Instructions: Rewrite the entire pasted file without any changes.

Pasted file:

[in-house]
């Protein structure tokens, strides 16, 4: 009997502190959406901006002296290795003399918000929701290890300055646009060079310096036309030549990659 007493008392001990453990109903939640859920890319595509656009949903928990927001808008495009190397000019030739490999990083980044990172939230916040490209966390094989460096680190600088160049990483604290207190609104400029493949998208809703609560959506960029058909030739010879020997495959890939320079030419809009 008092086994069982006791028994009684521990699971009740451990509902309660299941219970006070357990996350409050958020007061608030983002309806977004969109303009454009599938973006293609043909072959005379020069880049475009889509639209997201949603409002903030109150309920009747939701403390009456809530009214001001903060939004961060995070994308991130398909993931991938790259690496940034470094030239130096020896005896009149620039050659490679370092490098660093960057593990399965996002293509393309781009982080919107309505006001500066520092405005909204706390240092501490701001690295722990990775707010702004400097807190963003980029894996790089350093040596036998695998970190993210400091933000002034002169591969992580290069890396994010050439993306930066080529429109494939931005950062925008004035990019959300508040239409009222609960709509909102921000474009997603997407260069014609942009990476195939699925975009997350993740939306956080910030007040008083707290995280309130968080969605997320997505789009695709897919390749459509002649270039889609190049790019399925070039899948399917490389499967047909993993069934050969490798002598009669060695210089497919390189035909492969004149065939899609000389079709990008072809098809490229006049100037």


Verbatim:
[in-house]
């Protein structure tokens, strides 16, 4: 009997502190959406901006002296290795003399918000929701290890300055646009060079310096036309030549990659 007493008392001990453990109903939640859920890319595509656009949903928990927001808008495009190397000019030739490999990083980044990172939230916040490209966390094989460096680190600088160049990483604290207190609104400029493949998208809703609560959506960029058909030739010879020997495959890939320079030419809009 008092086994069982006791028994009684521990699971009740451990509902309660299941219970006070357990996350409050958020007061608030983002309806977004969109303009454009599938973006293609043909072959005379020069880049475009889509639209997201949603409002903030109150309920009747939701403390009456809530009214001001903060939004961060995070994308991130398909993931991938790259690496940034470094030239130096020896005896009149620039050659490679370092490098660093960057593990399965996002293509393309781009982080919107309505006001500066520092405005909204706390240092501490701001690295722990990775707010702004400097807190963003980029894996790089350093040596036998695998970190993210400091933000002034002169591969992580290069890396994010050439993306930066080529429109494939931005950062925008004035990019959300508040239409009222609960709509909102921000474009997603997407260069014609942009990476195939699925975009997350993740939306956080910030007040008083707290995280309130968080969605997320997505789009695709897919390749459509002649270039889609190049790019399925070039899948399917490389499967047909993993069934050969490798002598009669060695210089497919390189035909492969004149065939899609000389079709990008072809098809490229006049100037």